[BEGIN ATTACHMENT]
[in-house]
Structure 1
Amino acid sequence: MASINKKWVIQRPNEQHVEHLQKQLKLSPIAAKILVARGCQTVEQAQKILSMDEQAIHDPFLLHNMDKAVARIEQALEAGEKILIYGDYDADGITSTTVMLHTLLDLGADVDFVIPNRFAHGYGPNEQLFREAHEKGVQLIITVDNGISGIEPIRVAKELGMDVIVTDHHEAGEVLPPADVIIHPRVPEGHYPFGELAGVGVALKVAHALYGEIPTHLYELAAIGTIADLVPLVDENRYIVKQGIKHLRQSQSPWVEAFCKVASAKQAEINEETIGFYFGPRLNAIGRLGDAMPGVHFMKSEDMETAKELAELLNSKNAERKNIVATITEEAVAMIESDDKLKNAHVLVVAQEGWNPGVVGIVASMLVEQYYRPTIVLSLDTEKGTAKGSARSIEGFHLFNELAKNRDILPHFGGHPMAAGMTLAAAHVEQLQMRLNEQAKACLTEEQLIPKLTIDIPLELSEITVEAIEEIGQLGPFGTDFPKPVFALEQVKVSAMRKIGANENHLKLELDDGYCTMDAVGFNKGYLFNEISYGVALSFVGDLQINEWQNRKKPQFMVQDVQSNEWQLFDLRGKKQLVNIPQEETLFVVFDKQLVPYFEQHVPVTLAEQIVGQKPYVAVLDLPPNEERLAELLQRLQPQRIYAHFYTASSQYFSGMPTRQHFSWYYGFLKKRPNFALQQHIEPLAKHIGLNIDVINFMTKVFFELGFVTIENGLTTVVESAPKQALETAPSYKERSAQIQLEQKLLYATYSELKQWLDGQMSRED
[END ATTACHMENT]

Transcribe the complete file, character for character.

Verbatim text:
[in-house]
Structure 1
Amino acid sequence: MASINKKWVIQRPNEQHVEHLQKQLKLSPIAAKILVARGCQTVEQAQKILSMDEQAIHDPFLLHNMDKAVARIEQALEAGEKILIYGDYDADGITSTTVMLHTLLDLGADVDFVIPNRFAHGYGPNEQLFREAHEKGVQLIITVDNGISGIEPIRVAKELGMDVIVTDHHEAGEVLPPADVIIHPRVPEGHYPFGELAGVGVALKVAHALYGEIPTHLYELAAIGTIADLVPLVDENRYIVKQGIKHLRQSQSPWVEAFCKVASAKQAEINEETIGFYFGPRLNAIGRLGDAMPGVHFMKSEDMETAKELAELLNSKNAERKNIVATITEEAVAMIESDDKLKNAHVLVVAQEGWNPGVVGIVASMLVEQYYRPTIVLSLDTEKGTAKGSARSIEGFHLFNELAKNRDILPHFGGHPMAAGMTLAAAHVEQLQMRLNEQAKACLTEEQLIPKLTIDIPLELSEITVEAIEEIGQLGPFGTDFPKPVFALEQVKVSAMRKIGANENHLKLELDDGYCTMDAVGFNKGYLFNEISYGVALSFVGDLQINEWQNRKKPQFMVQDVQSNEWQLFDLRGKKQLVNIPQEETLFVVFDKQLVPYFEQHVPVTLAEQIVGQKPYVAVLDLPPNEERLAELLQRLQPQRIYAHFYTASSQYFSGMPTRQHFSWYYGFLKKRPNFALQQHIEPLAKHIGLNIDVINFMTKVFFELGFVTIENGLTTVVESAPKQALETAPSYKERSAQIQLEQKLLYATYSELKQWLDGQMSRED